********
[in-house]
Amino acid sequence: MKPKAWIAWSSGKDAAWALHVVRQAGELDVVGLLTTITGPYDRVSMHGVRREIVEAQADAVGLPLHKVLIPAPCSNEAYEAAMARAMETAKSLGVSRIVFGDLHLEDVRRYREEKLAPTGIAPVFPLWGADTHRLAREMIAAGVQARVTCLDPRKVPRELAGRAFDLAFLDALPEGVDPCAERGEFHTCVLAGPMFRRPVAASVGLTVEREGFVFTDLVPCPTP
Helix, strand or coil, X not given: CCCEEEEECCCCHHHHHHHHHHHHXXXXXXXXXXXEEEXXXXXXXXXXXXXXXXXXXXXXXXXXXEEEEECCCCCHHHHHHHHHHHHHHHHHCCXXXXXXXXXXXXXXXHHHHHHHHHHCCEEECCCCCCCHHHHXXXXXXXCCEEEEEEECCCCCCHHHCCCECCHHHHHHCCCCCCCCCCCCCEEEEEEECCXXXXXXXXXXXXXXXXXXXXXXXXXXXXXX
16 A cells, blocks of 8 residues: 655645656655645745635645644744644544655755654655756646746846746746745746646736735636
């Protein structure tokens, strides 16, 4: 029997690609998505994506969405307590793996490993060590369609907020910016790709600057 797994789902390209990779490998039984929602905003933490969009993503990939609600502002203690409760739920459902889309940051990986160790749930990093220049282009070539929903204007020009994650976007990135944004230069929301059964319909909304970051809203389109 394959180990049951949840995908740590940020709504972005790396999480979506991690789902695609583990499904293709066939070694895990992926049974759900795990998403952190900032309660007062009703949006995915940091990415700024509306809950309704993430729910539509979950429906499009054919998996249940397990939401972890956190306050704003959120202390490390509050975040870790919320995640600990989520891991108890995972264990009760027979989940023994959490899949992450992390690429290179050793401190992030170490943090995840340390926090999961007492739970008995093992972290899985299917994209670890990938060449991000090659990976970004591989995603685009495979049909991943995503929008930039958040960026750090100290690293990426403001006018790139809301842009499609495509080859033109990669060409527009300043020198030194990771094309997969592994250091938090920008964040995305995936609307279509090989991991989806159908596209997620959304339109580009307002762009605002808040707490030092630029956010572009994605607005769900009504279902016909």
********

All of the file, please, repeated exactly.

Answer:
[in-house]
Amino acid sequence: MKPKAWIAWSSGKDAAWALHVVRQAGELDVVGLLTTITGPYDRVSMHGVRREIVEAQADAVGLPLHKVLIPAPCSNEAYEAAMARAMETAKSLGVSRIVFGDLHLEDVRRYREEKLAPTGIAPVFPLWGADTHRLAREMIAAGVQARVTCLDPRKVPRELAGRAFDLAFLDALPEGVDPCAERGEFHTCVLAGPMFRRPVAASVGLTVEREGFVFTDLVPCPTP
Helix, strand or coil, X not given: CCCEEEEECCCCHHHHHHHHHHHHXXXXXXXXXXXEEEXXXXXXXXXXXXXXXXXXXXXXXXXXXEEEEECCCCCHHHHHHHHHHHHHHHHHCCXXXXXXXXXXXXXXXHHHHHHHHHHCCEEECCCCCCCHHHHXXXXXXXCCEEEEEEECCCCCCHHHCCCECCHHHHHHCCCCCCCCCCCCCEEEEEEECCXXXXXXXXXXXXXXXXXXXXXXXXXXXXXX
16 A cells, blocks of 8 residues: 655645656655645745635645644744644544655755654655756646746846746746745746646736735636
């Protein structure tokens, strides 16, 4: 029997690609998505994506969405307590793996490993060590369609907020910016790709600057 797994789902390209990779490998039984929602905003933490969009993503990939609600502002203690409760739920459902889309940051990986160790749930990093220049282009070539929903204007020009994650976007990135944004230069929301059964319909909304970051809203389109 394959180990049951949840995908740590940020709504972005790396999480979506991690789902695609583990499904293709066939070694895990992926049974759900795990998403952190900032309660007062009703949006995915940091990415700024509306809950309704993430729910539509979950429906499009054919998996249940397990939401972890956190306050704003959120202390490390509050975040870790919320995640600990989520891991108890995972264990009760027979989940023994959490899949992450992390690429290179050793401190992030170490943090995840340390926090999961007492739970008995093992972290899985299917994209670890990938060449991000090659990976970004591989995603685009495979049909991943995503929008930039958040960026750090100290690293990426403001006018790139809301842009499609495509080859033109990669060409527009300043020198030194990771094309997969592994250091938090920008964040995305995936609307279509090989991991989806159908596209997620959304339109580009307002762009605002808040707490030092630029956010572009994605607005769900009504279902016909």